Leading trade unionists in Britain have slammed Uber UK chair Laurel Powers-Freeling's claims this week that drivers are offered considerable benefits along with good pay and conditions as "fictitious", "problematic" and "deeply ironic".
Speaking at a McKinsey event in London this week, banking veteran Powers-Freeling had claimed that there were myths surrounding the way Uber treats its drivers and how much they are paid.
She said that they are not paid "total dirt" and that the ride-hailing firm does not treat drivers as "cannon fodder", citing insurance policies and other driver concessions introduced in recent years. To dispel criticism over pay, Powers-Freeling cited an "independent" study from Oxford University that was in fact co-authored by two Uber employees.
The study notes that Uber provided data for the paper (PDF) and had the right to review the findings "but not to influence the analysis or dispute the findings or conclusions of the paper".
Speaking with Techworld, James Farrar, chair of the United Private Hire Drivers branch at the Independent Workers of Great Britain (IWGB) union – which has successfully challenged Uber in the courts over the company's employment practices – looked to counter the supposed myth-busting from Powers-Freeling.
"For Uber executives to co-author academic studies dealing with sensitive issues like pay and conditions, subject to ongoing litigation, is deeply problematic. If Uber is so confident in the results, why did they hand pick a sample of just 1,000 drivers out of 50,000 active drivers in London?" he asked.
"In New York City, where Uber is forced to hand over all driver data over to the regulator, truly independent academic studies found that 95% of drivers were earning below minimum wage. As a result of this study, the regulator intervened to protect workers from exploitation. Handling data volumes of 50,000 drivers should be no problem to a company that boast of being a technology leader."
He went on to ask why Uber continues to refuse to give drivers access to their personal data under GDPR rules so they can make their own calculations.
Mick Rix, national officer for the GMB trade union, which has also challenged Uber in the courts and represents drivers, added: "What would you expect from a company that has fought GMB through the courts because our members want workers' rights? Each court has ruled that they are entitled to worker rights, and Uber just keep appealing and appealing because they don't want to give their workers worker rights.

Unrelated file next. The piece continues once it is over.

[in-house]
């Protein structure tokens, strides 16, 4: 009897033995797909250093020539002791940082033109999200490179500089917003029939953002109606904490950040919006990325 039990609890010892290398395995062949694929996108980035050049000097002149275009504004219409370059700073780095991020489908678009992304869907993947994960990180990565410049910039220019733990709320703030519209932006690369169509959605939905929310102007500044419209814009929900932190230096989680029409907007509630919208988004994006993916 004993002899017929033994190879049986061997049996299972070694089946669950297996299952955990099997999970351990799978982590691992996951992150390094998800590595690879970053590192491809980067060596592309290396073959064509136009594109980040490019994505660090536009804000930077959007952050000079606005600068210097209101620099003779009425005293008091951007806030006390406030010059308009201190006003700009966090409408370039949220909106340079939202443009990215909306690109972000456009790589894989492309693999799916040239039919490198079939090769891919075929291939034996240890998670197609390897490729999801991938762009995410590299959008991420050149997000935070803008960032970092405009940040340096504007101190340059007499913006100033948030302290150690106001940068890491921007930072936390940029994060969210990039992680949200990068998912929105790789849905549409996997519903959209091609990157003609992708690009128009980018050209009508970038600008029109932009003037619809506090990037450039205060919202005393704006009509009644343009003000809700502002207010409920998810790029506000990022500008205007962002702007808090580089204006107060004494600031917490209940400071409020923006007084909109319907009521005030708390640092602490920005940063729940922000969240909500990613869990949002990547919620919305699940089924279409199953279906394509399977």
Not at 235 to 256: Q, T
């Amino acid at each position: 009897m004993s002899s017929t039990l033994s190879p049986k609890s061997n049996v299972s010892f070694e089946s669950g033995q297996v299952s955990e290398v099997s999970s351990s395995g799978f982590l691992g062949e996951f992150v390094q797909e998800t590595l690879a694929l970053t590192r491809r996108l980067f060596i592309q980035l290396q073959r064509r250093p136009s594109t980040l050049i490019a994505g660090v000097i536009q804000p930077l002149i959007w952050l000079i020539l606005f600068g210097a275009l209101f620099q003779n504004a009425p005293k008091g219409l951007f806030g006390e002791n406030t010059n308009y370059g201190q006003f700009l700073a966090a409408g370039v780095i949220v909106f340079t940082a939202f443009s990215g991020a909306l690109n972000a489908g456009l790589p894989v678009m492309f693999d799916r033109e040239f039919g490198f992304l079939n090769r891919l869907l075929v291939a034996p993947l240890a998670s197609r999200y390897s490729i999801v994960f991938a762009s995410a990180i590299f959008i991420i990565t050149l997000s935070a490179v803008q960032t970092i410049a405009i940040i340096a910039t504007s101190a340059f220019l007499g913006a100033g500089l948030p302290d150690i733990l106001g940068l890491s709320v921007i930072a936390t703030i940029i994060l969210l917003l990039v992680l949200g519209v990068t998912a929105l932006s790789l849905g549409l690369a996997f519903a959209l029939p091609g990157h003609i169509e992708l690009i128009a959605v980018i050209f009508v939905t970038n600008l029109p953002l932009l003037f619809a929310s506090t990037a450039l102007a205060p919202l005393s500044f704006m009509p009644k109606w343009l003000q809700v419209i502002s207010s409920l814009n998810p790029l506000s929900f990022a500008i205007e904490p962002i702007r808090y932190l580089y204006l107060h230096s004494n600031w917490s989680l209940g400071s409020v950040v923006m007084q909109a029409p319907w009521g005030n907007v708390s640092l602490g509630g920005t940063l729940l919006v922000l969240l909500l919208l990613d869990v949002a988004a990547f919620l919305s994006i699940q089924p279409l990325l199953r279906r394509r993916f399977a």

"So when the company are saying they're paying people above national minimum wage, when they're saying their drivers don't want worker rights, how come there have been huge court actions for the last three years and they keep appealing it?" he asked.
Farrar said that the Oxford study cited by Powers-Freeling is unclear on how working time is calculated and that it may exclude waiting time – which the judge in the IWGB's successful Employment Tribunal ruling said must be included in any minimum wage calculations. He noted that holiday pay allowance and National Insurance contributions are excluded as well, artificially inflating the results.
"Even if we take the Uber study at face value we find a substantial portion of the workforce earning below the legal minimum wage and suffering considerable stress on the job," he added.
On Powers-Freeling's claim that Uber pays parental leave as well as sick leave, Farrar dismissed this as "simply incorrect".
"Uber provides extremely limited insurance coverage for this, but the coverage is qualified and it has proven exceedingly difficult for drivers to claim against this coverage," he said. "The benefits are offered by Uber at their sole discretion while they continue to disobey UK law and deny drivers basic legal rights. Drivers want their rights under the law from Uber, including trade union recognition, protection from unfair dismissal and discrimination, not PR gimmicks and trinkets."
Rix at the GMB described Powers-Freeling's comments as "really outrageous" and that they were "fictitious as well". He highlighted the irony of the Uber UK chair's claims that the firm provides a social safety net while being a "huge avoider of taxation" and is "not contributing very much to the economy".
"Laurel Powers-Freeling's claims that Uber provides drivers with a social safety net while HMRC is investigating the firm for failure to pay VAT is deeply ironic," added Farrar. "Even in their own IPO filings Uber admits they could owe as much as £1 billion to the public Treasury. This shortfall in their fair contribution of tax denies many of us the access to the real public social safety nets like the NHS upon which we all rely."
Rix went on to talk about the efforts unions have taken to place pressure on Uber through the courts and regulators such as Transport for London.
"Yes, drivers want and appreciate the flexibility that jobs with Uber provide, but brutal and illegal exploitation is not the price they are willing to pay for it," Farrar added.
"The unfortunate thing about Uber is it will only move when it believes its share price is affected. Now that's not the behaviour of a modern, 21st-century company," said Rix.
An Uber spokeswoman said in response: "Drivers are at the heart of our service – we can’t succeed without them – and thousands of people come into work at Uber every day focused on how to make their experience better, on and off the road. Whether it’s being able to track your earnings or stronger insurance protections, we’ll continue working to improve the experience for and with drivers."